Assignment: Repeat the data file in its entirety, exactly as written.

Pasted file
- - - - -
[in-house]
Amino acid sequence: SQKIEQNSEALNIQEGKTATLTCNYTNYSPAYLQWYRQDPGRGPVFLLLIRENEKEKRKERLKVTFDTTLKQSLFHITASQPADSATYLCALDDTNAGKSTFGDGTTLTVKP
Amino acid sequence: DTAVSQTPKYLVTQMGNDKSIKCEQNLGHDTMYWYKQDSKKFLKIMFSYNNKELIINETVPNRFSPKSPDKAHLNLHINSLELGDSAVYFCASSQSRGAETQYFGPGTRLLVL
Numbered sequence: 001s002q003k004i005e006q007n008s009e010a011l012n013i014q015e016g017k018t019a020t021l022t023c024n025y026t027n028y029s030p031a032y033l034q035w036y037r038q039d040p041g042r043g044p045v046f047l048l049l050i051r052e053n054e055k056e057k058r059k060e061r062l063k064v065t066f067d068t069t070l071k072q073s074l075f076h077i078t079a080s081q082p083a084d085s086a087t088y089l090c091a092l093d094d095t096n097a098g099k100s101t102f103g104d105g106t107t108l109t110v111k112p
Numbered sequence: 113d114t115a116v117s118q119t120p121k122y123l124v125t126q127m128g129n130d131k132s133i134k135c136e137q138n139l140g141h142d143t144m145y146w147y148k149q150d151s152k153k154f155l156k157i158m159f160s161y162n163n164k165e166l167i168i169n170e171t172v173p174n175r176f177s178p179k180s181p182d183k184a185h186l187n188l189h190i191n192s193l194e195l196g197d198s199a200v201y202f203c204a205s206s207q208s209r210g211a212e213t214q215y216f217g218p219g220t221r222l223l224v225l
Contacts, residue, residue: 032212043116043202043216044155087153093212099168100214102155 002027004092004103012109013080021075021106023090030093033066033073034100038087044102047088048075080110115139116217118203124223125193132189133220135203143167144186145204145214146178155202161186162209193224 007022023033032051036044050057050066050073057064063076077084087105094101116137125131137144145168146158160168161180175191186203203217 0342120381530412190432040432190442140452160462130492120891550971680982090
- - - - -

[in-house]
Amino acid sequence: SQKIEQNSEALNIQEGKTATLTCNYTNYSPAYLQWYRQDPGRGPVFLLLIRENEKEKRKERLKVTFDTTLKQSLFHITASQPADSATYLCALDDTNAGKSTFGDGTTLTVKP
Amino acid sequence: DTAVSQTPKYLVTQMGNDKSIKCEQNLGHDTMYWYKQDSKKFLKIMFSYNNKELIINETVPNRFSPKSPDKAHLNLHINSLELGDSAVYFCASSQSRGAETQYFGPGTRLLVL
Numbered sequence: 001s002q003k004i005e006q007n008s009e010a011l012n013i014q015e016g017k018t019a020t021l022t023c024n025y026t027n028y029s030p031a032y033l034q035w036y037r038q039d040p041g042r043g044p045v046f047l048l049l050i051r052e053n054e055k056e057k058r059k060e061r062l063k064v065t066f067d068t069t070l071k072q073s074l075f076h077i078t079a080s081q082p083a084d085s086a087t088y089l090c091a092l093d094d095t096n097a098g099k100s101t102f103g104d105g106t107t108l109t110v111k112p
Numbered sequence: 113d114t115a116v117s118q119t120p121k122y123l124v125t126q127m128g129n130d131k132s133i134k135c136e137q138n139l140g141h142d143t144m145y146w147y148k149q150d151s152k153k154f155l156k157i158m159f160s161y162n163n164k165e166l167i168i169n170e171t172v173p174n175r176f177s178p179k180s181p182d183k184a185h186l187n188l189h190i191n192s193l194e195l196g197d198s199a200v201y202f203c204a205s206s207q208s209r210g211a212e213t214q215y216f217g218p219g220t221r222l223l224v225l
Contacts, residue, residue: 032212043116043202043216044155087153093212099168100214102155 002027004092004103012109013080021075021106023090030093033066033073034100038087044102047088048075080110115139116217118203124223125193132189133220135203143167144186145204145214146178155202161186162209193224 007022023033032051036044050057050066050073057064063076077084087105094101116137125131137144145168146158160168161180175191186203203217 0342120381530412190432040432190442140452160462130492120891550971680982090